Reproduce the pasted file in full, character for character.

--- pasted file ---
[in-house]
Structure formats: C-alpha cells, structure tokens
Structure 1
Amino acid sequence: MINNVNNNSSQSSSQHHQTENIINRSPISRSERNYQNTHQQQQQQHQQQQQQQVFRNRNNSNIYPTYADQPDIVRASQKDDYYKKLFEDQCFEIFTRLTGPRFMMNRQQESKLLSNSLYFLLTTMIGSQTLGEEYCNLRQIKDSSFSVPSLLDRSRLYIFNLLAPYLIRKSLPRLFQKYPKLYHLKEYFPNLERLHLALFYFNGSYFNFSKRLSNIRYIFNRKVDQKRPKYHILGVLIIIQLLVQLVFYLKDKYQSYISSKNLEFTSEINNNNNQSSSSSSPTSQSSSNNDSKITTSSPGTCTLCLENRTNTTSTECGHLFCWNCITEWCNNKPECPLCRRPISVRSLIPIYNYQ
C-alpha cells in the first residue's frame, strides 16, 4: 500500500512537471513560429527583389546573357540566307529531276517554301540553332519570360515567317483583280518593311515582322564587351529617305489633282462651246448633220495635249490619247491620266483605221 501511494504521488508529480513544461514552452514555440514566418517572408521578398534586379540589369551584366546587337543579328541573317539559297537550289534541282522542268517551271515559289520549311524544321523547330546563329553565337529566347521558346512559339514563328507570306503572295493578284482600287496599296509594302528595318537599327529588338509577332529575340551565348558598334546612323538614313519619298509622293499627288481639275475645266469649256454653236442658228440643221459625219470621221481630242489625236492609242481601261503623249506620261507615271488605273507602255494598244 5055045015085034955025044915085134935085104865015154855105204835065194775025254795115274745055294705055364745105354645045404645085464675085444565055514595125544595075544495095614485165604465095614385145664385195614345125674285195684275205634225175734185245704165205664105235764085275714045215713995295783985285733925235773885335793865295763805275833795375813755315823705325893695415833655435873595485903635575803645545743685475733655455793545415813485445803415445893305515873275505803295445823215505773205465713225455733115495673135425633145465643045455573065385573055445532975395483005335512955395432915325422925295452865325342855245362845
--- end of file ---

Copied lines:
[in-house]
Structure formats: C-alpha cells, structure tokens
Structure 1
Amino acid sequence: MINNVNNNSSQSSSQHHQTENIINRSPISRSERNYQNTHQQQQQQHQQQQQQQVFRNRNNSNIYPTYADQPDIVRASQKDDYYKKLFEDQCFEIFTRLTGPRFMMNRQQESKLLSNSLYFLLTTMIGSQTLGEEYCNLRQIKDSSFSVPSLLDRSRLYIFNLLAPYLIRKSLPRLFQKYPKLYHLKEYFPNLERLHLALFYFNGSYFNFSKRLSNIRYIFNRKVDQKRPKYHILGVLIIIQLLVQLVFYLKDKYQSYISSKNLEFTSEINNNNNQSSSSSSPTSQSSSNNDSKITTSSPGTCTLCLENRTNTTSTECGHLFCWNCITEWCNNKPECPLCRRPISVRSLIPIYNYQ
C-alpha cells in the first residue's frame, strides 16, 4: 500500500512537471513560429527583389546573357540566307529531276517554301540553332519570360515567317483583280518593311515582322564587351529617305489633282462651246448633220495635249490619247491620266483605221 501511494504521488508529480513544461514552452514555440514566418517572408521578398534586379540589369551584366546587337543579328541573317539559297537550289534541282522542268517551271515559289520549311524544321523547330546563329553565337529566347521558346512559339514563328507570306503572295493578284482600287496599296509594302528595318537599327529588338509577332529575340551565348558598334546612323538614313519619298509622293499627288481639275475645266469649256454653236442658228440643221459625219470621221481630242489625236492609242481601261503623249506620261507615271488605273507602255494598244 5055045015085034955025044915085134935085104865015154855105204835065194775025254795115274745055294705055364745105354645045404645085464675085444565055514595125544595075544495095614485165604465095614385145664385195614345125674285195684275205634225175734185245704165205664105235764085275714045215713995295783985285733925235773885335793865295763805275833795375813755315823705325893695415833655435873595485903635575803645545743685475733655455793545415813485445803415445893305515873275505803295445823215505773205465713225455733115495673135425633145465643045455573065385573055445532975395483005335512955395432915325422925295452865325342855245362845